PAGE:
Happy birthday, Pinocchio. It was on this date 77 years ago that Walt Disney introduced the little wooden boy; and, while more than a few critics continue to call Pinocchio
the greatest hand-drawn animated film in history, not many people remember that it was actually a box office bomb in the U.S. Most of its financial and critical success came from Europe, which was then in the throes of World War II. We have it on good authority that the tale of the puppet whose nose grew when he stretched the truth will not be screened at the White House today.
- Democrats held the floor of the U.S. Senate overnight and into this morning, giving an endless list of reasons not to approve Betsy DeVos as the next secretary of education. Sen. Elizabeth Warren (D-Mass.) led the charge, saying it was "difficult to imagine a worse choice to head the Department of Education. Betsy DeVos doesn't believe in public schools." That said, the vote on DeVos will occur at midday, in what is expected to be the narrowest approval of a cabinet nominee in U.S. history. All 48 Democrats and two Republicans in the chamber are expected to vote "nay" on DeVos, leaving it to Vice President Mike Pence to break the tie—a situation that has never occurred in the history of U.S. cabinet nominees.
- Another showdown is looming on the West Coast, where the 9th Circuit Court of Appeals will hear oral arguments today from President Donald Trump's Justice Department on why his travel ban on Muslim-majority nations should be reinstated. Trump's executive order was listed by a federal judge in Seattle, triggering the White House to move up the judicial ladder to the 9th Circuit. If Trump still doesn't get his way at the 9th Circuit, it almost certainly sets the stage for an historic fight in front of the U.S. Supreme Court.
- The vote is more than a month away, but the Boise City Council today is expected to offer its full support of a $172.5 million bond that the Boise School District plans to put before voters on Tuesday, March 14. The measure would fund improvements or replacements at all 48 of the district's schools. If approved, the bond would pay for the construction of six replacement schools on their current sites, plus a new school for the city's Harris Ranch neighborhood. The school district insists the bond will not increase the current property tax rate. Truth be told, the bond would replace previously approved bonds that are due to expire. A resolution of support will be put before the City Council when it meets Tuesday evening.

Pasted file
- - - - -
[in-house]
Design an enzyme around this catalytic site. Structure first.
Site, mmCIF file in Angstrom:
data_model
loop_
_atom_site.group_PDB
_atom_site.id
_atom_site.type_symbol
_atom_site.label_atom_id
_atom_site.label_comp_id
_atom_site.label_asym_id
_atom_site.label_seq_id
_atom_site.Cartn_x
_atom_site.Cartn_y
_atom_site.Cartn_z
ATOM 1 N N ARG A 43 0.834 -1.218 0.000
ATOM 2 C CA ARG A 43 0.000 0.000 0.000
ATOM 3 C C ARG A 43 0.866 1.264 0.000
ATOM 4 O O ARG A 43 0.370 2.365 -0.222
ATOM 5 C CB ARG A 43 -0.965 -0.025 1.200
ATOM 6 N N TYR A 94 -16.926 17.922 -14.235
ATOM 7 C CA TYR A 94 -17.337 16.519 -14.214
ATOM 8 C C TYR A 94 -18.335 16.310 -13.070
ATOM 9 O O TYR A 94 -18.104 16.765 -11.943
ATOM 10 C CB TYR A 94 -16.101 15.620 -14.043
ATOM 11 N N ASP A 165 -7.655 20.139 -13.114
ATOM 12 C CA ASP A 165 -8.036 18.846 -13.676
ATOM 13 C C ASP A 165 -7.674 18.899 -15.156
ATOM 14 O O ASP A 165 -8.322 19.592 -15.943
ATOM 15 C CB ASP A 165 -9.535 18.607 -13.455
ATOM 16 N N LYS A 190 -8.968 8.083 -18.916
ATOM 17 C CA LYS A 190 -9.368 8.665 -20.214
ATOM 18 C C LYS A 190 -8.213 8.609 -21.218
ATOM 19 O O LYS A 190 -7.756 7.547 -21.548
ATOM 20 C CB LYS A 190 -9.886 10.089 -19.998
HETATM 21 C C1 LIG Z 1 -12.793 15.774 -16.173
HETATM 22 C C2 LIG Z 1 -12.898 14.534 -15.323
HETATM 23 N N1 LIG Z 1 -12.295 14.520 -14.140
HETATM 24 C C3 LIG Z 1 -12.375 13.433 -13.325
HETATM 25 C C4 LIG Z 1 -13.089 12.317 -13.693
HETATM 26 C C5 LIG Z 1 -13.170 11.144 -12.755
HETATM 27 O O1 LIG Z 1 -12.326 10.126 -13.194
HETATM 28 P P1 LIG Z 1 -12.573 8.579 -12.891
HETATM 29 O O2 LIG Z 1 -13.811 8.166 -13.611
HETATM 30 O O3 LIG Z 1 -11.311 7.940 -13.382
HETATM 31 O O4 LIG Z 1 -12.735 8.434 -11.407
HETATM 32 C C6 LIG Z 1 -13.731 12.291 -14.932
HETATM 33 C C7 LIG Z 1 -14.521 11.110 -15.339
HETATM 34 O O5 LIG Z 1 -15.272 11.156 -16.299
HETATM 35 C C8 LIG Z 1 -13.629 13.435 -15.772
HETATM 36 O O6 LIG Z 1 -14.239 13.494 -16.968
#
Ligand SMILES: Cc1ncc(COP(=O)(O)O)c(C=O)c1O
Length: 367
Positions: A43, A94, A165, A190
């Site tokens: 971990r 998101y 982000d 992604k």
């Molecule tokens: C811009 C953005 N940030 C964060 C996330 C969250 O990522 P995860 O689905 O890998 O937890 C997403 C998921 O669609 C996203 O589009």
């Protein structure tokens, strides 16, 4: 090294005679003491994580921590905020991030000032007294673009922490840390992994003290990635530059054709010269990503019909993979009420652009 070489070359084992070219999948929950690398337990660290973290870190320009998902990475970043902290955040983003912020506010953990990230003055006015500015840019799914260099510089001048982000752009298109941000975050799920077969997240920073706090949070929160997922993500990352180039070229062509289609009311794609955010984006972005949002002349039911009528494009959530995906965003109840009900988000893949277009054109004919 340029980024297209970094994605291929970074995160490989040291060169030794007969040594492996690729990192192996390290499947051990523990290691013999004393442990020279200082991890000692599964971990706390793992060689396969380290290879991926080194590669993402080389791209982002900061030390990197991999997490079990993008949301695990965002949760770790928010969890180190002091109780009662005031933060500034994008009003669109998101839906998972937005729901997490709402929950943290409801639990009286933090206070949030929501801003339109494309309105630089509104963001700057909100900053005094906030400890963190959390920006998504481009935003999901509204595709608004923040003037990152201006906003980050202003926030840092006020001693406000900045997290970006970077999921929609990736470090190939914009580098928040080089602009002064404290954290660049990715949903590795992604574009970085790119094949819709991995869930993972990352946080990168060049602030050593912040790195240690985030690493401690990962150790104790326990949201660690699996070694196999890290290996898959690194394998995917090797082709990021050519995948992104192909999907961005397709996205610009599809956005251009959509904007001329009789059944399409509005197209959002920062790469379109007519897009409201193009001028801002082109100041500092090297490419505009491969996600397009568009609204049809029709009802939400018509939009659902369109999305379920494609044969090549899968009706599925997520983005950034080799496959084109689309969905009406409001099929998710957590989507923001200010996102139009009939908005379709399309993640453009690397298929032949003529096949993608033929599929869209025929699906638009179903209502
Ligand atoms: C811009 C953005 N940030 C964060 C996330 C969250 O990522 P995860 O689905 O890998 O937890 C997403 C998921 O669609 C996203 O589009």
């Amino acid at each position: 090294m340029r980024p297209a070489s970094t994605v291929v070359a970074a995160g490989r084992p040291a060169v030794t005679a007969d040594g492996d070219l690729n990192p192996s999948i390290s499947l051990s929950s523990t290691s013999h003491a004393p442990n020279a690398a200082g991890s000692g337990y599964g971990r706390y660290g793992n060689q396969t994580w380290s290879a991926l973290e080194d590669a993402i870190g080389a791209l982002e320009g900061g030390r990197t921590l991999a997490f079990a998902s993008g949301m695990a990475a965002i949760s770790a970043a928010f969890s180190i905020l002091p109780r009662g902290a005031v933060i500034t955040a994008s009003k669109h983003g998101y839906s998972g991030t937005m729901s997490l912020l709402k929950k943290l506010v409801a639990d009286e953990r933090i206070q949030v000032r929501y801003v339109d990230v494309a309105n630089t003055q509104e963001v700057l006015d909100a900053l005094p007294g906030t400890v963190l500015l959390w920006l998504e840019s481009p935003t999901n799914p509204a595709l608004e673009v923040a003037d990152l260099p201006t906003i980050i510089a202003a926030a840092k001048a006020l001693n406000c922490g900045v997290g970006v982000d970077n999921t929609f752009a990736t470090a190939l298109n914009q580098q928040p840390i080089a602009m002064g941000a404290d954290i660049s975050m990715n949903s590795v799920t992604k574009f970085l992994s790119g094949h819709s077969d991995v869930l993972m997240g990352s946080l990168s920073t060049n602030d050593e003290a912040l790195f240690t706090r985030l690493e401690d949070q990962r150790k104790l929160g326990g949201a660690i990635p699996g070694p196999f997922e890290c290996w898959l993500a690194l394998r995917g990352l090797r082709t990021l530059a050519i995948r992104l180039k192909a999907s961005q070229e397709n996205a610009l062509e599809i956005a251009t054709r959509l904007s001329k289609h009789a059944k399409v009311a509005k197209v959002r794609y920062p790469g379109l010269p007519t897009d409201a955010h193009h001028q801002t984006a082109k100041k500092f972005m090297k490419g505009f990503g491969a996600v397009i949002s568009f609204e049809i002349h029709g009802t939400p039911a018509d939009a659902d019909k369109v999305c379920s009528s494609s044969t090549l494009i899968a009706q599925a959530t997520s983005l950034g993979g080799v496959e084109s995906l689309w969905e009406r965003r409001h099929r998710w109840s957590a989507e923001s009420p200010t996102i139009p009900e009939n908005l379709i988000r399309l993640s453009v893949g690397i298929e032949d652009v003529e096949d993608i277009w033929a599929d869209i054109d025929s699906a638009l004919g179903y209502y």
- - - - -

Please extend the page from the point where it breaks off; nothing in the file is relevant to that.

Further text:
- The Idaho Transportation Department is promising to resurface the pothole-ravaged stretch of Interstate 84 from Nampa to Caldwell this summer. In its announcement, ITD said the project has to be accelerated because of harsh winter weather. The majority of the work should take place over the course of four weekends this summer.
- More than a year after the armed militia occupation of the Malheur National Wildlife Refuge in eastern Oregon, two Idahoans who took part in the takeover pleaded guilty Monday to a federal charge of trespassing, a misdemeanor. Sean and Sandy Anderson, of Riggins, made the plea in exchange for the government dropping its other charges—including felonies. They were ordered by pay $1,000 in restitution to the U.S. Fish and Wildlife Service and will serve one year of probation.